Queering The Script

by Karin McKie

EDGE Media Network Contributor

Monday October 21, 2019

'Queering The Script'
'Queering The Script'  

Gabrielle Zilkha's two-hour documentary "Queering the Script" talks about the importance of LGBTQ+ representation, as well as the particularities and power of queer fandom.

The mostly-female interviewees share how they learned about themselves via these fictional characters, because "it feels good to see yourself on television: to be validated to be you."

The chronology of out women on TV hits a peak with "Ellen" in 1997, when star Ellen DeGeneres disclosed her sexuality in her sitcom in addition to in real life. A few years before, "Xena: Warrior Princess" "accidentally" showed an ongoing, intimate, female-positive relationship. Star Lucy Lawless is interviewed here, and says it took her years to realize that fans viewed her relationship with sidekick Gabrielle as lesbian.

The woman who runs the "Xenite Retreat" over a long weekend in California says that Xena was a tentpole to her coming out, and that women gather annually to be themselves and find like-minded folks under the auspices of the Amazonian lead.

"Xena"'s run coincided with the launch of the internet, when these types of connections became virtual as well, allowing more women around the world to interface with queer elders and peers.

The documentary's core is footage from 2018's Clexacon in Las Vegas, a female fan convention named after a prominent lesbian relationship on the CW Network's series "The 100" (shortened into "ship") when the two lovers' names are combined into one. Ships and shipping are a big deal in this community and doc.

We also learn that queer stories likely started with "slash fiction," when mainly straight women in the 1970s mused about a gay relationship between "Star Trek"'s Kirk and Spock in stories and drawings. People also wondered about other prominent television pairings like "Starsky & Hutch" and "Cagney & Lacey."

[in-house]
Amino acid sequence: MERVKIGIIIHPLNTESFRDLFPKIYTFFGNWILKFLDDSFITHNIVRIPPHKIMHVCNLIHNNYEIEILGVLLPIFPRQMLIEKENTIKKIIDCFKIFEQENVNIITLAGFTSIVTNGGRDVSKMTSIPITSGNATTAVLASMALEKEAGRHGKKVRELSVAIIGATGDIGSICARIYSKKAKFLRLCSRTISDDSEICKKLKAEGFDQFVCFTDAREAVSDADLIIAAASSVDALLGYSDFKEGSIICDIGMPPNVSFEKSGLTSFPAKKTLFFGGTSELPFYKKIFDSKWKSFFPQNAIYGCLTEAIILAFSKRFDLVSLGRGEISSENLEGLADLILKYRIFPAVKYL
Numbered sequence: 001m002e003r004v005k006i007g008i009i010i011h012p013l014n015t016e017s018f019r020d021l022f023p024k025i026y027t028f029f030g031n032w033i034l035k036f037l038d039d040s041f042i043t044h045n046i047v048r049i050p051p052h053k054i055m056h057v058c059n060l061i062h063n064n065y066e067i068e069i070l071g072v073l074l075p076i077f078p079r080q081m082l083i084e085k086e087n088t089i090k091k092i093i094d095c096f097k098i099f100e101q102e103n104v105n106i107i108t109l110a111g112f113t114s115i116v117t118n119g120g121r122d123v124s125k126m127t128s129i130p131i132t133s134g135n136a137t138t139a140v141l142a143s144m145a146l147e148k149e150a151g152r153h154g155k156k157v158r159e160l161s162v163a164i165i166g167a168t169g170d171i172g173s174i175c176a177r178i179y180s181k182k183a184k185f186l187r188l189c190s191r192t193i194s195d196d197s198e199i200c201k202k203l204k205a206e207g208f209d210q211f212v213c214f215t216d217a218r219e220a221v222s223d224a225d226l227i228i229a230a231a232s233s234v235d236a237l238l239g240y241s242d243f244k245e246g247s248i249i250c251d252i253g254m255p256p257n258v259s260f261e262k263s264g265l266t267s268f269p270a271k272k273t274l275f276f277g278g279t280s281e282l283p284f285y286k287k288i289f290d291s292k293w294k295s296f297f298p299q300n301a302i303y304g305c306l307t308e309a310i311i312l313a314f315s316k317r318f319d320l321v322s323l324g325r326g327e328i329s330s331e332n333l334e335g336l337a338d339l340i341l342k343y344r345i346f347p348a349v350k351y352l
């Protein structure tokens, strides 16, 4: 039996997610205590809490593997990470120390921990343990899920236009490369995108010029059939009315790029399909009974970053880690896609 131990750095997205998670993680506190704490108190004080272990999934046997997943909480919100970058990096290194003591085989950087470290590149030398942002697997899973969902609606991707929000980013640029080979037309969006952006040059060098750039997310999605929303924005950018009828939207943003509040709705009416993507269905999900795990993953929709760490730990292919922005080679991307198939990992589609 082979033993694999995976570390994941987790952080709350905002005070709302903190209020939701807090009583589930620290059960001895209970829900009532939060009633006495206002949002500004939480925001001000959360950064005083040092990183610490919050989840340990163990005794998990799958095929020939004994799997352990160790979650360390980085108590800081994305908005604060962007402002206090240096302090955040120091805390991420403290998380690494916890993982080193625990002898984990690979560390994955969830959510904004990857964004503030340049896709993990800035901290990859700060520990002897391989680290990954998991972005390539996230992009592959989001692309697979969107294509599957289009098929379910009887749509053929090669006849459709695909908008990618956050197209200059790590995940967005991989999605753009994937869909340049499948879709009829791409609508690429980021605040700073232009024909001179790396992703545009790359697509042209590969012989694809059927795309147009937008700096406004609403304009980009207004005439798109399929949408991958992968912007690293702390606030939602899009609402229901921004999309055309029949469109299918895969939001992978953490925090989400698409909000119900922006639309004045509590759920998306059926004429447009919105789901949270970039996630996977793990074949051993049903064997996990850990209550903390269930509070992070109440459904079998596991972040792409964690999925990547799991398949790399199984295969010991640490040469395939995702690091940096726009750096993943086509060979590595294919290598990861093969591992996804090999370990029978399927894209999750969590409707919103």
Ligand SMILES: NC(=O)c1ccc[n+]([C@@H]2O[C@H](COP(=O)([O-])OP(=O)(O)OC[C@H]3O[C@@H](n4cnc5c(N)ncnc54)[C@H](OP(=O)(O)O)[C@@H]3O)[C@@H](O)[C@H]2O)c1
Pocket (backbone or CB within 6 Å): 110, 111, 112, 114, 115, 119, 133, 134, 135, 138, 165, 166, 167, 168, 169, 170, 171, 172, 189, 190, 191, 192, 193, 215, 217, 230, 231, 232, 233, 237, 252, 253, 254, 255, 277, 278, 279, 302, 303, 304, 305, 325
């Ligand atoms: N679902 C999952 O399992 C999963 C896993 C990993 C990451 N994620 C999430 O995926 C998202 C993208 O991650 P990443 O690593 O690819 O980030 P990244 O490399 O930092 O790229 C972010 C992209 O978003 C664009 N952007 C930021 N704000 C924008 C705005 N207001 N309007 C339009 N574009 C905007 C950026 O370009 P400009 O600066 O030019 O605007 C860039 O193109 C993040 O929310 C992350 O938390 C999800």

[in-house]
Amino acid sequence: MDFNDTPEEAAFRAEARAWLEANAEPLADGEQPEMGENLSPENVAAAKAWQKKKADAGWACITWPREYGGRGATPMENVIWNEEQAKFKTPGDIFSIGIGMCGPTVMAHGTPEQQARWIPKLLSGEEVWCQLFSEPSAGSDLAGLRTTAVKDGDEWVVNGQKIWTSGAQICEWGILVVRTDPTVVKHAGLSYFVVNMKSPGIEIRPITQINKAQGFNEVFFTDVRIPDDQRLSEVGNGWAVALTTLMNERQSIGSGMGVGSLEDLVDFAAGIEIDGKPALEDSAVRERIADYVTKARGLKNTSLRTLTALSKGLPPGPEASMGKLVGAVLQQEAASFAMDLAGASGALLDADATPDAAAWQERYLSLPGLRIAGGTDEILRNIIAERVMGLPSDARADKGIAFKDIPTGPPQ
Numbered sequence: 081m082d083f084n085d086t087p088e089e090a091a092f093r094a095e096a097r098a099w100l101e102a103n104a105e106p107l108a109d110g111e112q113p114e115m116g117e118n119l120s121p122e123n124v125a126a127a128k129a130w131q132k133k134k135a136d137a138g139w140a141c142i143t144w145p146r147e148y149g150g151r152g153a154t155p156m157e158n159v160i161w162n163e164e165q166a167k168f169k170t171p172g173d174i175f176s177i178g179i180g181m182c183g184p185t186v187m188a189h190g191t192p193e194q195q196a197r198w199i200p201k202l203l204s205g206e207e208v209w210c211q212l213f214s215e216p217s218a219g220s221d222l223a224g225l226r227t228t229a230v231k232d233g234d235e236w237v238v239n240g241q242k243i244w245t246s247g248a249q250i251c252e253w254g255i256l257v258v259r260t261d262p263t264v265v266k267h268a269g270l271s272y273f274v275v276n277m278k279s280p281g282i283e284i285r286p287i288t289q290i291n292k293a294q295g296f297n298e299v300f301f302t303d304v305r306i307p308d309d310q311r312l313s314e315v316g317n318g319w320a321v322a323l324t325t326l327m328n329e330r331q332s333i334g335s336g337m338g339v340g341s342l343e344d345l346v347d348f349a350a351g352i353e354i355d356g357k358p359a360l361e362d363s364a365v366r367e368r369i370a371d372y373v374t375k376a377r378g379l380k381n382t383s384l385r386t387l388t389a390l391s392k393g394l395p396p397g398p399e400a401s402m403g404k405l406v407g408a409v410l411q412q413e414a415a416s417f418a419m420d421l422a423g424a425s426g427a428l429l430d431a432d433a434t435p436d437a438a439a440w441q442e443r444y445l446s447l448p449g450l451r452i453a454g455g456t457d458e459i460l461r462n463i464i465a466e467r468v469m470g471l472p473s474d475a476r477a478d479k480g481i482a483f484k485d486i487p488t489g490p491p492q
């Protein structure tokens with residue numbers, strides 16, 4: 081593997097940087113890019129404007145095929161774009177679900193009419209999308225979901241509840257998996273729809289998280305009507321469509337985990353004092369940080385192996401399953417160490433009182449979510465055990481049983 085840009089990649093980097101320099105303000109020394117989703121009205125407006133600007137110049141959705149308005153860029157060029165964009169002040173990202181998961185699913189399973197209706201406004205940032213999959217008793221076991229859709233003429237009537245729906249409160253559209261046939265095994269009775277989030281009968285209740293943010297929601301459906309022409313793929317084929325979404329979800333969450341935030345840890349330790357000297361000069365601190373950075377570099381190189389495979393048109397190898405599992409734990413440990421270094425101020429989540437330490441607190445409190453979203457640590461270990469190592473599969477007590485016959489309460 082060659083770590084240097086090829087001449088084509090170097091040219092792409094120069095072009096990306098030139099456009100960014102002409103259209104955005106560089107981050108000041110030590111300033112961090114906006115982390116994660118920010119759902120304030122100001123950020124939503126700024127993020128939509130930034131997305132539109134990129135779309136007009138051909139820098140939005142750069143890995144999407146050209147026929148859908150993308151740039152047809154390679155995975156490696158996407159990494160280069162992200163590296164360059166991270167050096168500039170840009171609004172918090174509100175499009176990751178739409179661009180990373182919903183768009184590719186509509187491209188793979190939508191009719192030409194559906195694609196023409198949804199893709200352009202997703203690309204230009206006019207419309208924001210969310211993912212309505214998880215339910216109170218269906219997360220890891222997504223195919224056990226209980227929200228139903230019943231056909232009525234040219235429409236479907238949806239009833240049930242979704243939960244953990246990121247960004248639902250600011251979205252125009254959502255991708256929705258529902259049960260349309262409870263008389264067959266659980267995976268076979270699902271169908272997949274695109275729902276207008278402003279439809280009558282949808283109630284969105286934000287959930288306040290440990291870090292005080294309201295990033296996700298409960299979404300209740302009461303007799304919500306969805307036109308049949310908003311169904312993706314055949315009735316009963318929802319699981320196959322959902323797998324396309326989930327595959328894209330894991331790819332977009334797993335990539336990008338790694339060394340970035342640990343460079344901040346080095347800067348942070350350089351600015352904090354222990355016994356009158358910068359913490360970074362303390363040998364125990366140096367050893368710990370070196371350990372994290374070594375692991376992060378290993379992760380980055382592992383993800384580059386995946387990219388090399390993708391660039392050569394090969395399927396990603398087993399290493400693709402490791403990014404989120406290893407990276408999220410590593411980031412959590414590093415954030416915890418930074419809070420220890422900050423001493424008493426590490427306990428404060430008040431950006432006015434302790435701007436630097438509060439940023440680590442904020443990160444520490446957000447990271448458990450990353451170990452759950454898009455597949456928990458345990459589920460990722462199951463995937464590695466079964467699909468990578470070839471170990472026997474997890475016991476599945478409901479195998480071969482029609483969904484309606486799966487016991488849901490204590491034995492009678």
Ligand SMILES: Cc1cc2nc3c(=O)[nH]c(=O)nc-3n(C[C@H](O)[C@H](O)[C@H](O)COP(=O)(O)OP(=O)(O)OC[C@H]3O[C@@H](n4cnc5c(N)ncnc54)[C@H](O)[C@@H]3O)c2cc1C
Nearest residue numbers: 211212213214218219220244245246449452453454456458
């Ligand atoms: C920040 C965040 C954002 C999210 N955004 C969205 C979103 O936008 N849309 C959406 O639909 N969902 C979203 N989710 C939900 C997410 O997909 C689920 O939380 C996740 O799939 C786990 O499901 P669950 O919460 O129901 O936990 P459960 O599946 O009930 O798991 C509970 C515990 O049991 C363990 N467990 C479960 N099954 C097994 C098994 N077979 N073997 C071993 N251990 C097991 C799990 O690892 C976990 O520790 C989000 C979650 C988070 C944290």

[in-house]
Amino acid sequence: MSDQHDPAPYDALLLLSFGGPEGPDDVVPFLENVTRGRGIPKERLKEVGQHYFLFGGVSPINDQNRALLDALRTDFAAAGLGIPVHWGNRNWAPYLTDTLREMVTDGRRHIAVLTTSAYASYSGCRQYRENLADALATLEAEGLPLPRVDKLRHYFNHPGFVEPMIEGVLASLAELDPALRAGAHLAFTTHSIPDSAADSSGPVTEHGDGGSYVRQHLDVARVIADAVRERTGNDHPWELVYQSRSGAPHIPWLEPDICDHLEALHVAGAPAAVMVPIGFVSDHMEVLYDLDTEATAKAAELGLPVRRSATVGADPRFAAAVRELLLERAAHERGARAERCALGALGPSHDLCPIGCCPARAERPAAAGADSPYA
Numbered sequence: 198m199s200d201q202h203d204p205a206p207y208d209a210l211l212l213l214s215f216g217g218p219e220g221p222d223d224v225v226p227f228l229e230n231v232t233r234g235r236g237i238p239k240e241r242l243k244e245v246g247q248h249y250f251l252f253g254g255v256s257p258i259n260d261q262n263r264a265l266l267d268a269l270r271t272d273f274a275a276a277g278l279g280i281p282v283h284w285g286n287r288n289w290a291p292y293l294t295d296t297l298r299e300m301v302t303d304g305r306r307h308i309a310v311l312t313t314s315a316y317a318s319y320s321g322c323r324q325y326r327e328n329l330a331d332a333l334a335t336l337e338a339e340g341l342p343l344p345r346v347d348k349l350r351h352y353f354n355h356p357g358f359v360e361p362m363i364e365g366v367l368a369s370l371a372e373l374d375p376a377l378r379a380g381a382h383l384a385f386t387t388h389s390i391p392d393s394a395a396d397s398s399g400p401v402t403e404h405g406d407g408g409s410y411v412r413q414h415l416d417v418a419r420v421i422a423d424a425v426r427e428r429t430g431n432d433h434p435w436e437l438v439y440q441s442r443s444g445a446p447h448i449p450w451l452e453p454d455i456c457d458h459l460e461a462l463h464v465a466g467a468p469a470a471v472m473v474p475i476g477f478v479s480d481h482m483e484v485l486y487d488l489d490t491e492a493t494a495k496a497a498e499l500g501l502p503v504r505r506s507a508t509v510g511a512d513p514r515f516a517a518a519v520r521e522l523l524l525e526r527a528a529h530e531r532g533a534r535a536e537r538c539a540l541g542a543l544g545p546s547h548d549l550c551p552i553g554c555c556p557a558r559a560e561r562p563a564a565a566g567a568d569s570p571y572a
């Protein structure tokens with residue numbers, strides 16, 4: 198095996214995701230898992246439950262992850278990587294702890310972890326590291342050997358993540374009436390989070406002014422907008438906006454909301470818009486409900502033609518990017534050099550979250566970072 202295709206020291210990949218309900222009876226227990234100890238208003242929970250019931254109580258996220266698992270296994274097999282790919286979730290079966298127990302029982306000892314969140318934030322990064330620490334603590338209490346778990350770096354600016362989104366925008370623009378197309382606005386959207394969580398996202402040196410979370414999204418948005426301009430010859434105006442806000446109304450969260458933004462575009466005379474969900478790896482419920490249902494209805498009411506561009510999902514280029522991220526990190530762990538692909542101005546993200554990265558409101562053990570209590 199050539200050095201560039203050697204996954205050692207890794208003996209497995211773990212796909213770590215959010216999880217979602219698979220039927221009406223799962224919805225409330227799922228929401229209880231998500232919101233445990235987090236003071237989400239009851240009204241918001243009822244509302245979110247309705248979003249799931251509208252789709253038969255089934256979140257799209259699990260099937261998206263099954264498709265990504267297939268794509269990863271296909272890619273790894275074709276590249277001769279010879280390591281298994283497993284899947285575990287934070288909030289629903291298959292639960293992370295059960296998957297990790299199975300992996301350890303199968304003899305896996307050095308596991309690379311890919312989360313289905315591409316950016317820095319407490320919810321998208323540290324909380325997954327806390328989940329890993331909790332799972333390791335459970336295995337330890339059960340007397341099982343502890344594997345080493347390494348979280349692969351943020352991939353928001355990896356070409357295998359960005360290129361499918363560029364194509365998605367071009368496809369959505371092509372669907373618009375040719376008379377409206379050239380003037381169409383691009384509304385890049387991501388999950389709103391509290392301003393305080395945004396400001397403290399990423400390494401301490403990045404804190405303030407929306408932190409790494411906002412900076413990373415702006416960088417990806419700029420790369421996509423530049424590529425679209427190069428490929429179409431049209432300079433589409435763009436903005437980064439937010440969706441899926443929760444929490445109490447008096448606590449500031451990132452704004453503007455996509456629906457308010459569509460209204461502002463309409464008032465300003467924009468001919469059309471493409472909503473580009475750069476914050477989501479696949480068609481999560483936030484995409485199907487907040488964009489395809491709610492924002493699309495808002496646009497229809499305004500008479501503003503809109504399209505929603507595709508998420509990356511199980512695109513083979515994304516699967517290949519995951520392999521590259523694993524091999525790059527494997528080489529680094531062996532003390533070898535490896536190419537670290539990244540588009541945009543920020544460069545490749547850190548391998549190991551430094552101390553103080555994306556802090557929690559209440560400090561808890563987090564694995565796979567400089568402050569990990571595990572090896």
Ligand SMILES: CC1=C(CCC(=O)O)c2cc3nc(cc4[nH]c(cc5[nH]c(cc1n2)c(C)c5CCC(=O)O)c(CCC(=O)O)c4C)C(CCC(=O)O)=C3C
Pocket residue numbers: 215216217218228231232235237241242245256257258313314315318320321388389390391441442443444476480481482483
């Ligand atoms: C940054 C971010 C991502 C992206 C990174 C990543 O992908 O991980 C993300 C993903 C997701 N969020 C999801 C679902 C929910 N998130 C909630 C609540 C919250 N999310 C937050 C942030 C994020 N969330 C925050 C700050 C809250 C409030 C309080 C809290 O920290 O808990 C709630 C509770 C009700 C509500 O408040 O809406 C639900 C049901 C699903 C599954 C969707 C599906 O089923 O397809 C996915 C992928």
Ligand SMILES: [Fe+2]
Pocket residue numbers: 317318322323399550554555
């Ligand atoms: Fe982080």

GLAAD reports that queer representation on TV is now more active and diverse, including in shows like "SuperGirl," "Riverdale," "Glee," "Brooklyn Nine-Nine," "Orphan Black," and "Orange in the New Black." The organization notes that statistics tie gay media representation to real-life support for issues like marriage equality. But this current push happened after dozens of lesbian characters were killed off in 2016, in a period of time dubbed "The Bloody Spring," carrying the hashtag "Bury Your Gays."

Fans were "tired of seeing myself die," and sick of the stale TV tropes around lesbianism: Namely, being violently killed (usually right after consummating a relationship) or getting pregnant. They loved Willow and Tara on "Buffy the Vampire Slayer," but were outraged by Tara's murder. They termed this queerbaiting — manipulating queer fans without alienating the mainstream, then not caring about those characters. This niche is a fruitful place to attract fans, but writers' rooms now realize they must care for the feelings of this supportive base.

Queer TV remains fairly white, femme and slim, like the cast of "The L Word," but interviewees encourage a change towards fairer representation. Fans have taken their power to create groups like LGBT Fans Deserve Better to break records in raising funds for The Trevor Project. "Queering the Script" documents this microcosm of a burgeoning social conversation. Queer women are drawn to television and web series because "I get to hang out with somebody like me."

Queering the Script screens at the Frameline Film Fest at the end of June: https://www.frameline.org

Karin McKie is a writer, educator and activist at KarinMcKie.com